Matthew Henry's Complete Commentary

Verses 25-35 (Genesis 31:25-35)

We have here the reasoning, not to say the rallying, that took place between Laban and Jacob at their meeting, in that mountain which was afterwards called Gilead, Gen. 31:25. Here is,

I. The high charge which Laban exhibited against him. He accuses him,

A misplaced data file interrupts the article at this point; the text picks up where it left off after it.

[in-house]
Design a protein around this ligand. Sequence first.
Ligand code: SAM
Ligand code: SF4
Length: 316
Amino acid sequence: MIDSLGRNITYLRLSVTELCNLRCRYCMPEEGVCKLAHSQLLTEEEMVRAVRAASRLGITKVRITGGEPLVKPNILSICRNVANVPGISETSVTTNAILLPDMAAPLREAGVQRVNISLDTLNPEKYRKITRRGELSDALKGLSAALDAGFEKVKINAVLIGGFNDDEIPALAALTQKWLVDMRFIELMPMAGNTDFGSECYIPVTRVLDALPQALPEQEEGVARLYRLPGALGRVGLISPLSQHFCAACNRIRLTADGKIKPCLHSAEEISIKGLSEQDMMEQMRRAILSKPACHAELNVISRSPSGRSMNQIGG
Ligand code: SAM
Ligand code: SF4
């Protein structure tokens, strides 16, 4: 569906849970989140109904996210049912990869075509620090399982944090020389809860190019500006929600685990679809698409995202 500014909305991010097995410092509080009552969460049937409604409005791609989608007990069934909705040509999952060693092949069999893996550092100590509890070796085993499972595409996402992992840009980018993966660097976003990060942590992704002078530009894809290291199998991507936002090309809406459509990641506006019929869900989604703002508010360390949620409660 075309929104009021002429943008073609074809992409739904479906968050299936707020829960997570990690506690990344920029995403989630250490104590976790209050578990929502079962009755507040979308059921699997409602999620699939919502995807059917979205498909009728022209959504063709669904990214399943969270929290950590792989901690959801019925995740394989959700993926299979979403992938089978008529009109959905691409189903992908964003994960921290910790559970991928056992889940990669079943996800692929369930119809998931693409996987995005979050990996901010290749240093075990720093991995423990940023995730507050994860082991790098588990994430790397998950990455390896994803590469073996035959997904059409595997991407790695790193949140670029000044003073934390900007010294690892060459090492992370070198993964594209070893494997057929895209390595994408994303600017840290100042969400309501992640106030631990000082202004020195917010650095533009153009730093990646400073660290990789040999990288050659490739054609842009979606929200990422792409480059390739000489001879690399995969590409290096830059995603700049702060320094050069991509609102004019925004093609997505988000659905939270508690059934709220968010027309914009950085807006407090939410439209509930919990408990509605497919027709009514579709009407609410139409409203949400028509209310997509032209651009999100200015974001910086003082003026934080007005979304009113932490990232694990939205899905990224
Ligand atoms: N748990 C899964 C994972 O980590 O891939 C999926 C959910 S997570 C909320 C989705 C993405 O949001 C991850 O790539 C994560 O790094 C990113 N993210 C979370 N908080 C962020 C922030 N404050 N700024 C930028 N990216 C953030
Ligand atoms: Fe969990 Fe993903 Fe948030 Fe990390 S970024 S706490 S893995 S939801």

1. As a renegade that had unjustly deserted his service. To represent Jacob as a criminal, he will have it thought that he intended kindness to his daughters (Gen. 31:27, 28), that he would have dismissed them with all the marks of love and honour that could be, that he would have made a solemn business of it, would have kissed his little grandchildren (and that was all he would have given them), and, according to the foolish custom of the country, would have sent them away with mirth, and with songs, with tabret, and with harp: not as Rebekah was sent away out of the same family, above 120 years before, with prayers and blessings (Gen. 24:60), but with sport and merriment, which was a sign that religion had very much decayed in the family, and that they had lost their seriousness. However, he pretends they would have been treated with respect at parting. Note, It is common for bad men, when they are disappointed in their malicious projects, to pretend that they designed nothing but what was kind and fair. When they cannot do the mischief they intended, they are loth it should be thought that they ever did intend it. When they have not done what they should have done they come off with this excuse, that they would have done it. Men may thus be deceived, but God cannot. He likewise suggests that Jacob had some bad design in stealing away thus (Gen. 31:26), that he took his wives away as captives. Note, Those that mean ill themselves are most apt to put the worst construction upon what others do innocently. The insinuating and the aggravating of faults are the artifices of a designing malice, and those must be represented (though never so unjustly) as intending ill against whom ill is intended. Upon the whole matter, (1.) He boasts of his own power (Gen. 31:29): It is in the power of my hand to do you hurt. He supposes that he had both right on his side (a good action, as we say, against Jacob) and strength on his side, either to avenge the wrong or recover the right. Note, Bad people commonly value themselves much upon their power to do hurt, whereas a power to do good is much more valuable. Those that will do nothing to make themselves amiable love to be thought formidable. And yet, (2.) He owns himself under the check and restraint of God?s power; and, though it redounds much to the credit and comfort of Jacob, he cannot avoid telling him the caution God had given him the night before in a dream, Speak not to Jacob good nor bad. Note, As God has all wicked instruments in a chain, so when he pleases he can make them sensible of it, and force them to own it to his praise, as protector of the good, as Balaam did. Or we may look upon this as an instance of some conscientious regard felt by Laban for God?s express prohibitions. As bad as he was he durst not injure one whom he saw to be the particular care of Heaven. Note, A great deal of mischief would be prevented if men would but attend to the caveats which their own consciences give them in slumberings upon the bed, and regard the voice of God in them.